Thursday, March 22, 2012
A MONSTER AMONG US
Tom is eating, Daisy waits her turn. They always SHARE.
When you listen to or read the news of the past couple weeks, there are certainly monstrous crimes being committed around the world. For example, the Afghan shooting of women and children, or the shooting of an unarmed teenage boy in Florida, or the various school shootings of late.
Those events evoke responses from the general public from sadness to outrage when reported on numerous times by the media.
But what about the monsters who live among us, in a small town, on a short street where everyone supposedly knows everyone else? What do you do if a monster lives next door or right across the street?
I have witnessed a neighbor kick a cat, and turn his water hose on a cat to chase it from his yard. The man hates cats. Another neighbor also hates cats, but loves dogs. Dogs and cats are loveable, loyal pets. No one should abuse them, yet it has been happening.
Tom knows where he lives, he knows where he gets fed, and he is a loveable cat who knows his name. Tom has been around here for at least two or three years and has been blessed with “shared custody.” I call “Tom” and he would “meow” his acknowledgment at me that he is on his way across the street, slowly. Tom has a limp in his back leg due to being kicked or hurt about a year ago on our street. Tom spends his time at my house and at my friend's house across the street. She fills his food bowl every morning on her porch, and I fill his food dish on my porch every afternoon. He is well fed. Tom either sleeps on the chair on my porch, or under my porch which is sheltered from wind and rain, or on my friend's porch where she has a dog box filled with straw where he can hide for the night.
Daisy loves attention.
About a year ago, Tom took a mate, even though he was “fixed.” We named her Daisy. Where Tom was - Daisy was close beside. Daisy was even more loveable than Tom. She begs for attention. She would get petted, then lie down to get her belly scratched. She loved attention and being talked to; and she knew her name after a while. I would call to her and she'd come running to check out the food dish (with water).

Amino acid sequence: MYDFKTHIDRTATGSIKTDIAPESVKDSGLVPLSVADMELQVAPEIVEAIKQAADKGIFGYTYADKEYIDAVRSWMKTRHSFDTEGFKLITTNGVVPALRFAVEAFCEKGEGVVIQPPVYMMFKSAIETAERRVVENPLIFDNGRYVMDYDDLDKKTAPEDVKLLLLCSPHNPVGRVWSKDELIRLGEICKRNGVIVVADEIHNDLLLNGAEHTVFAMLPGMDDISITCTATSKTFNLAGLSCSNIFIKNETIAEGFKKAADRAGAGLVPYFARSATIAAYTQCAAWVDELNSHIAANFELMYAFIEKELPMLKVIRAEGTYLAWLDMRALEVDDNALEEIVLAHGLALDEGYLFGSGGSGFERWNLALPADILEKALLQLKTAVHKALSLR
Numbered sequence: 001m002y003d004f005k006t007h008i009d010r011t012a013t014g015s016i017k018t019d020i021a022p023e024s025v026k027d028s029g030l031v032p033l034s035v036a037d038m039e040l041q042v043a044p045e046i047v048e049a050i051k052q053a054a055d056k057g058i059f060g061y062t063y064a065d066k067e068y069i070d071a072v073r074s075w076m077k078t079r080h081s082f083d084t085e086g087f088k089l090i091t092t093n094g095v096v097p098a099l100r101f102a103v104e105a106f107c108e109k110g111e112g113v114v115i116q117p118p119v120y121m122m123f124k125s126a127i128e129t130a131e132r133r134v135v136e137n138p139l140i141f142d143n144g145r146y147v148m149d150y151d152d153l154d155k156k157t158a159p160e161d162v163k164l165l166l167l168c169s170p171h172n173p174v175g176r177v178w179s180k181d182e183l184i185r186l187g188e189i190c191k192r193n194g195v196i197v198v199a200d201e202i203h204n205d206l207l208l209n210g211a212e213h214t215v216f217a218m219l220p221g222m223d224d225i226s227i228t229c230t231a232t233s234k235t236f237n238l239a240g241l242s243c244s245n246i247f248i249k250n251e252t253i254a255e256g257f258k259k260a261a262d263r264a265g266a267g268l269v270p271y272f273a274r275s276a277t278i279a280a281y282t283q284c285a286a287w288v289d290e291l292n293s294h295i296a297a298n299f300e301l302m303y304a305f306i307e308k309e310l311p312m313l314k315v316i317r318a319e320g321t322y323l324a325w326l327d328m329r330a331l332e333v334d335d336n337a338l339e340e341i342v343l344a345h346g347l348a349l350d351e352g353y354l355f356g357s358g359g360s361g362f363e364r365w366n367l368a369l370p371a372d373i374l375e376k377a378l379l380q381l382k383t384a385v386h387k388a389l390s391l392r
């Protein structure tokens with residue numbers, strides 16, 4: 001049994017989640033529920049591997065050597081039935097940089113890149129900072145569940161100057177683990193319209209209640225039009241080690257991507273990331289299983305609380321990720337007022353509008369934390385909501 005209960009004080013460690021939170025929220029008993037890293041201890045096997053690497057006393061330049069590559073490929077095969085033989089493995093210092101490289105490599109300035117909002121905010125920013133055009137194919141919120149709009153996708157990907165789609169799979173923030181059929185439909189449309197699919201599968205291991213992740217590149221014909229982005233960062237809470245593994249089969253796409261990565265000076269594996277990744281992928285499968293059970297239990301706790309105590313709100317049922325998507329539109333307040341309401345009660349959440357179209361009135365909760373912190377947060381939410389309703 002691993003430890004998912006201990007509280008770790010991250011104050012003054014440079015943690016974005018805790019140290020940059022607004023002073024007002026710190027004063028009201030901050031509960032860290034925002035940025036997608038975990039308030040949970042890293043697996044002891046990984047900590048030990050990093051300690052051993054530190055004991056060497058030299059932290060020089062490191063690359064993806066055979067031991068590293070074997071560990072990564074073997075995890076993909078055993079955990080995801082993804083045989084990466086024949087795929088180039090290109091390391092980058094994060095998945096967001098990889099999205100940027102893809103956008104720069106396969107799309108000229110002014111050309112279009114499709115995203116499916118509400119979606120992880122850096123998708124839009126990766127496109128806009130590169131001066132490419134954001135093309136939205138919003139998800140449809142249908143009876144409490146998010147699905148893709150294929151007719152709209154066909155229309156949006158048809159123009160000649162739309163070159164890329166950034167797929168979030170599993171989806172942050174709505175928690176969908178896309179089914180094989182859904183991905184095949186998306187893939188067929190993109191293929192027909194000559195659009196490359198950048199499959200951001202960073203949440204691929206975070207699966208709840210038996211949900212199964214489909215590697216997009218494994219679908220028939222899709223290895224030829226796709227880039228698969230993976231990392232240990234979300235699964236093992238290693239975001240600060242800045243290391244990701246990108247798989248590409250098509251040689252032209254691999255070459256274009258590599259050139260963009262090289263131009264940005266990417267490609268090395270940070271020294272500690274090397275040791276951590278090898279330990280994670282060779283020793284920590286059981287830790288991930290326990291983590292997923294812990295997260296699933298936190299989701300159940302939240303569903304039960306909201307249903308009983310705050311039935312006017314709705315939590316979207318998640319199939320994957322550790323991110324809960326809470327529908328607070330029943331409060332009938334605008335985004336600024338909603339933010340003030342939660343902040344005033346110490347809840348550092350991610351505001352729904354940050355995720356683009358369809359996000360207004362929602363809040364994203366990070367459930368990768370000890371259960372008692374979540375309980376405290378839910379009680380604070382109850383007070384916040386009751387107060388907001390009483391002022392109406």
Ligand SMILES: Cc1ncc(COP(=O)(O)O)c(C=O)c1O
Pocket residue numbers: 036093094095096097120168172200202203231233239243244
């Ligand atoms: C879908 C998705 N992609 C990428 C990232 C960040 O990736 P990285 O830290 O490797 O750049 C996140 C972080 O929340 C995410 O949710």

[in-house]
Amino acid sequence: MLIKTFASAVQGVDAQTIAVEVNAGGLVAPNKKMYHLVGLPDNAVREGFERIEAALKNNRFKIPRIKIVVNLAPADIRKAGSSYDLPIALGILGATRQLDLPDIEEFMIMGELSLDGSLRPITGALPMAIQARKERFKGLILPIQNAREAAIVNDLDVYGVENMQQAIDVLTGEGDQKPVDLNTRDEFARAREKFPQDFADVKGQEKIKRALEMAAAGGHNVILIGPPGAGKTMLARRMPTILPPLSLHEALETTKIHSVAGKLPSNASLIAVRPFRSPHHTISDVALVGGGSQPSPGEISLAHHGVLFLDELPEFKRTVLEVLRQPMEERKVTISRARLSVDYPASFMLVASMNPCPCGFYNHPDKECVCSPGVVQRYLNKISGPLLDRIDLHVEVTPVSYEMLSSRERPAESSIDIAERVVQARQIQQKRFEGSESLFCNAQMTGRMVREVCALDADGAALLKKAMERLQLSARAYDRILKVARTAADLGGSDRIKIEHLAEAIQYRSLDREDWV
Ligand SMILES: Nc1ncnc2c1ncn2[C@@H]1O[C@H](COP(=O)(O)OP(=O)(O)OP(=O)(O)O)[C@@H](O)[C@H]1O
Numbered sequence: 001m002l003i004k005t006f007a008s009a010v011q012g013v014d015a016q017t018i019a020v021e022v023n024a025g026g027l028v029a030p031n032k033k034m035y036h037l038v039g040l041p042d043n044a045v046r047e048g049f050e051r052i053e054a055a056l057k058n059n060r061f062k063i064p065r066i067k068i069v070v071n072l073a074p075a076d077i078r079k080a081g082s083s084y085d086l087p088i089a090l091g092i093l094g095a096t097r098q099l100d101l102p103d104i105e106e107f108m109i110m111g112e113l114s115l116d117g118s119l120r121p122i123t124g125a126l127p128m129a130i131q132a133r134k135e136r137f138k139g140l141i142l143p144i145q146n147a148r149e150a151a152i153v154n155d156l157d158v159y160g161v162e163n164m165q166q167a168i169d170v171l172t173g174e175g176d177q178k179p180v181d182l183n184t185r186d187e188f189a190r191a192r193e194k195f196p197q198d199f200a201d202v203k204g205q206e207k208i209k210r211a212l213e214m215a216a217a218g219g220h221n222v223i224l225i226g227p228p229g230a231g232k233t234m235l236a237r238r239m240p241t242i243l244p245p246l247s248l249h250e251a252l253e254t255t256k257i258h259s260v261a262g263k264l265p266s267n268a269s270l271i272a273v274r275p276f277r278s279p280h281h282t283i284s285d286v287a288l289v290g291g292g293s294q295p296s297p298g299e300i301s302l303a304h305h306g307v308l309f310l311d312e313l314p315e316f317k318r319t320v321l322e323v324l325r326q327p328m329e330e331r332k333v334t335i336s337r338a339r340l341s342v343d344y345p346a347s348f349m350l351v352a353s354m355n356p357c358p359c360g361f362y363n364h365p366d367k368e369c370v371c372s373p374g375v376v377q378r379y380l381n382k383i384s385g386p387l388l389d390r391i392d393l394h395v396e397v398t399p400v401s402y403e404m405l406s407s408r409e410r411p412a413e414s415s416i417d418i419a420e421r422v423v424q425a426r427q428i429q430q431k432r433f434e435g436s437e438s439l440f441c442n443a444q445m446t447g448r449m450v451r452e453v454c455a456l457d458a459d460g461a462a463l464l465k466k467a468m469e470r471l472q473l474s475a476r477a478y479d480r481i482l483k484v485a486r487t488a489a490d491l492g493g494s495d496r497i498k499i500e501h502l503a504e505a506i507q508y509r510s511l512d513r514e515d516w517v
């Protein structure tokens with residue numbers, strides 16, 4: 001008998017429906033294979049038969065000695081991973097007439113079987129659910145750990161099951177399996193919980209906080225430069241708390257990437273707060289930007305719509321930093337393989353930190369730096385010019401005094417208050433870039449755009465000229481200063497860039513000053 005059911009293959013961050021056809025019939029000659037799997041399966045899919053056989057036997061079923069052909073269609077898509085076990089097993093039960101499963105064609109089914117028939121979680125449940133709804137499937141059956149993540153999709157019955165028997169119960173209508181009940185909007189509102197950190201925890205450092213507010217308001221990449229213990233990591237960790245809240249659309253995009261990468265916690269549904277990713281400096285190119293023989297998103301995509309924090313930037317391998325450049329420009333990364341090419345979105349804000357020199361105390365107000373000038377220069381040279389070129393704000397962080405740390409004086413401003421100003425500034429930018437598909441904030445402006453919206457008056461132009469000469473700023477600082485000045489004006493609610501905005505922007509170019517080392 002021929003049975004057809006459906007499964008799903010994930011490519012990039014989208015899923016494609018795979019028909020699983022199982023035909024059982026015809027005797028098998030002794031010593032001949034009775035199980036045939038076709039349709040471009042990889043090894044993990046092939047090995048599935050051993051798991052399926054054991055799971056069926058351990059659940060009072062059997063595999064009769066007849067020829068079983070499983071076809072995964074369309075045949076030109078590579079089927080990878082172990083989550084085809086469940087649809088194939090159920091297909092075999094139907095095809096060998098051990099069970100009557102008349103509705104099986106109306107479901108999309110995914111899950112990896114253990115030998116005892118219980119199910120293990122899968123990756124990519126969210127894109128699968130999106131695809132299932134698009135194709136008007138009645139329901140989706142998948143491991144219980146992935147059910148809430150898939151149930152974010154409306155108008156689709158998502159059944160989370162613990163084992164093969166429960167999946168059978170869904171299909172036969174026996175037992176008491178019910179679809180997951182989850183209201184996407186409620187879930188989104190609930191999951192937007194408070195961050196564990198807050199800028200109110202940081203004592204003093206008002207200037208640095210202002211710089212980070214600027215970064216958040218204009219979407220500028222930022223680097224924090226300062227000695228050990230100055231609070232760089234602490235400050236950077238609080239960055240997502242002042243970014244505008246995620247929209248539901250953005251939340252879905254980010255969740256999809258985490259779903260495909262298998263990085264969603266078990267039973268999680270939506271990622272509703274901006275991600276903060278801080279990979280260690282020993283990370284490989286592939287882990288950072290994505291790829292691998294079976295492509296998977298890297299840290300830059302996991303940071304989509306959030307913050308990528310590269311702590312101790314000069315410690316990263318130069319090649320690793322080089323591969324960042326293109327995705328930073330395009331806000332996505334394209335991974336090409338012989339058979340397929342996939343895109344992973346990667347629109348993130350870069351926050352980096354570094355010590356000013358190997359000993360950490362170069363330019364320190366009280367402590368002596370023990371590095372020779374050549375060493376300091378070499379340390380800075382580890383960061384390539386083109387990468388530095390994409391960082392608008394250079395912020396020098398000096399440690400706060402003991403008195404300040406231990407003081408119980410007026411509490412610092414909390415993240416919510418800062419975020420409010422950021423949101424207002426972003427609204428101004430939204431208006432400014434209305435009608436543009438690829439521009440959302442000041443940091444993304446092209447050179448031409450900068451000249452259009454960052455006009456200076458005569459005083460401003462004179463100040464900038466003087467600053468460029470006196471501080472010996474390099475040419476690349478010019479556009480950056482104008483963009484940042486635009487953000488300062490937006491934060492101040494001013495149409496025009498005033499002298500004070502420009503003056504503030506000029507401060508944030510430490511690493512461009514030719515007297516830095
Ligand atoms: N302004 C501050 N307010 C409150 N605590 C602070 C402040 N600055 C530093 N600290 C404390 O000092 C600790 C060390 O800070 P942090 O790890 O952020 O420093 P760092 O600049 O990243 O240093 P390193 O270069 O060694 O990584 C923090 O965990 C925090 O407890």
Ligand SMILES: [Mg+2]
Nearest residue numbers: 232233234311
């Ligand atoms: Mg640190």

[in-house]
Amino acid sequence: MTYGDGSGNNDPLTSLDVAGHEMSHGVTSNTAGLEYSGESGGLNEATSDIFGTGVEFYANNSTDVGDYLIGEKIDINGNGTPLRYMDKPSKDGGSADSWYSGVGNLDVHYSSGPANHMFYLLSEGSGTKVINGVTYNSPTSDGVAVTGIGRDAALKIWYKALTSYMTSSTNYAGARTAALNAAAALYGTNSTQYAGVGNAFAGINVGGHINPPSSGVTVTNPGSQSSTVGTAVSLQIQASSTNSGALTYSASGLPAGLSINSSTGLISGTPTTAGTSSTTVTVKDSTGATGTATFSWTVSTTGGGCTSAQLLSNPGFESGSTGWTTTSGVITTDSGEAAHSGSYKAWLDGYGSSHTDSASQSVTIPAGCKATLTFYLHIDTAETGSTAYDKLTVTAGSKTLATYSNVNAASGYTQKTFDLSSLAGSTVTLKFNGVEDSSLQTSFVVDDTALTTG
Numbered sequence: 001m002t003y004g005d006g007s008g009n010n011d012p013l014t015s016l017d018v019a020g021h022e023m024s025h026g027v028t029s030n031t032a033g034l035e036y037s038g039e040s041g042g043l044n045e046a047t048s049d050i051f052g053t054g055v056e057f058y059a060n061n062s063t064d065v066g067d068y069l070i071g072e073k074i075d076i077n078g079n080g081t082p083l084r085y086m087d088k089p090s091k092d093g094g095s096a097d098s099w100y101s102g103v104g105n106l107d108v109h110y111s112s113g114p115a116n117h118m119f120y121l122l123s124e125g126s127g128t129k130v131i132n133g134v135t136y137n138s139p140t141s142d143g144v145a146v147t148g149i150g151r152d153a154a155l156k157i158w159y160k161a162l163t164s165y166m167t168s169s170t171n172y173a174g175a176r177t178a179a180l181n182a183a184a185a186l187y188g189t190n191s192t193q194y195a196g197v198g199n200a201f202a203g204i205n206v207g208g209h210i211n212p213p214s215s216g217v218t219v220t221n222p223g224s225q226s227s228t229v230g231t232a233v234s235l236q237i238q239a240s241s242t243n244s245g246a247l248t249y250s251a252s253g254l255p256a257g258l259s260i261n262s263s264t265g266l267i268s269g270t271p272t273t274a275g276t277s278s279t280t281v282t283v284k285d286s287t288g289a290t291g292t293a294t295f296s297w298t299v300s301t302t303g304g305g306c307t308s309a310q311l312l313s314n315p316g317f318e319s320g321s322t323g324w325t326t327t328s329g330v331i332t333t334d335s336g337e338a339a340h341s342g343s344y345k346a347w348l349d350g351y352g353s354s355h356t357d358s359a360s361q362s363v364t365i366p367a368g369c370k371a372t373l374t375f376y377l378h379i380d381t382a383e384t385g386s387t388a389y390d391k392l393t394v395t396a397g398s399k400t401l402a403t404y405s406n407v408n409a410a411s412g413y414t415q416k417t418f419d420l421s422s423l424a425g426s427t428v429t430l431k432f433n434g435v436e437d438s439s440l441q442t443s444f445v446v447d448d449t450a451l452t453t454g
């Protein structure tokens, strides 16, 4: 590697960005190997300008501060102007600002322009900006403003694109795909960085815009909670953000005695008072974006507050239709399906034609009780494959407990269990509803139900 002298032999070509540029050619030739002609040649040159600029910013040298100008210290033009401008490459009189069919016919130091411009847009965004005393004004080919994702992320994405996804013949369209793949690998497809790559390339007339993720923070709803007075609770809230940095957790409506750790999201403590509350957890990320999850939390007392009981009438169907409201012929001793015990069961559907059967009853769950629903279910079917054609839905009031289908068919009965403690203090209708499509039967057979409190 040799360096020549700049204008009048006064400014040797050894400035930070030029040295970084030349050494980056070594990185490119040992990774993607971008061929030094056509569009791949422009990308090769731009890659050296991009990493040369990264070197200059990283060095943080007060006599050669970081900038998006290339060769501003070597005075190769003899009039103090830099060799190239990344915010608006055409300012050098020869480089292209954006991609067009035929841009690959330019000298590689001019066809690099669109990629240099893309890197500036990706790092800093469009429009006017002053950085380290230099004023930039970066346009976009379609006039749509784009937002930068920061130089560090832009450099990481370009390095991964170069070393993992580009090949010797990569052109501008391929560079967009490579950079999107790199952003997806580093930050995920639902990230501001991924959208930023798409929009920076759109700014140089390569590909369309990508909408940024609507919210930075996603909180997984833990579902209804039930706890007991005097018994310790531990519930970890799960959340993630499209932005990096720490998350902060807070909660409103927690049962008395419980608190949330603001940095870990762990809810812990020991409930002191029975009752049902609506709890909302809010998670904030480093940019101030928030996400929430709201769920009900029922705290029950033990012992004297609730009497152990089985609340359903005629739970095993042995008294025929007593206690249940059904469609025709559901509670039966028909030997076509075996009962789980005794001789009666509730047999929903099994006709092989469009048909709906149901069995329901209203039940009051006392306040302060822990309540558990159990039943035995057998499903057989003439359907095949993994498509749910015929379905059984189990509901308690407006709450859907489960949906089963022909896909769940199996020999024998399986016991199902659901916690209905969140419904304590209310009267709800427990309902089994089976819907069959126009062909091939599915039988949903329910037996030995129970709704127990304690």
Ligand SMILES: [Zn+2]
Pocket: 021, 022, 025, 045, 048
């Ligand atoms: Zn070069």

Free spirits, but inseparable. My camera just missed them nose-to-nose kissing.
Being free-spirits, they wandered through about six yards near my house and my friend's house. But they were never far away. Tom and Daisy were present daily for many months, even weathering the snow we've experienced in the last couple years. Until recently.
My neighbor next door owns a trap cage and used to trap skunks that wandered into his yard from the wooded area nearby. About two weeks ago, I saw the same size and type of cage placed next to the side of a garage across the street. I knew we had not seen, nor smelled, any skunks yet. I kept an eye on that cage daily to make sure Tom and Daisy stayed away from it. Being well fed, I guessed that the lure of canned food would turn up their noses. Daisy refused to eat wet canned cat food so I only used dry food.
About 10 days ago, Tom came to eat, but Daisy was missing. I didn't start to worry until the second day. She never missed her “attention-time” from me. After the third day, my friend and I were really worried that somehow she had been trapped, hurt, or killed. Daisy had been missing for about 7 days and we noticed Tom was slow and listless. Tom was in depression, missing his girlfriend; but he was still showing up and we tried to comfort him with attention. The cage was still visible, and two days later, it was gone. The cage – and Tom.
We called for him, we put out food for him, but he didn't come home. Tom was also missing, just a short time after Daisy went missing. I have not seen the cage since.
I found out from The Fayette County Humane Society that trapping someone's cat and dropping it off somewhere, is a crime called abandonment. The violator can be charged and prosecuted. I went to see the Humane officer to report the incident, since it is very strange that both Daisy and Tom would disappear from their homes within a week from each other. They were creatures of habit and knew where to get food and attention. My friend and I loved them and we miss them. We can't believe we have such a potential monster living among us.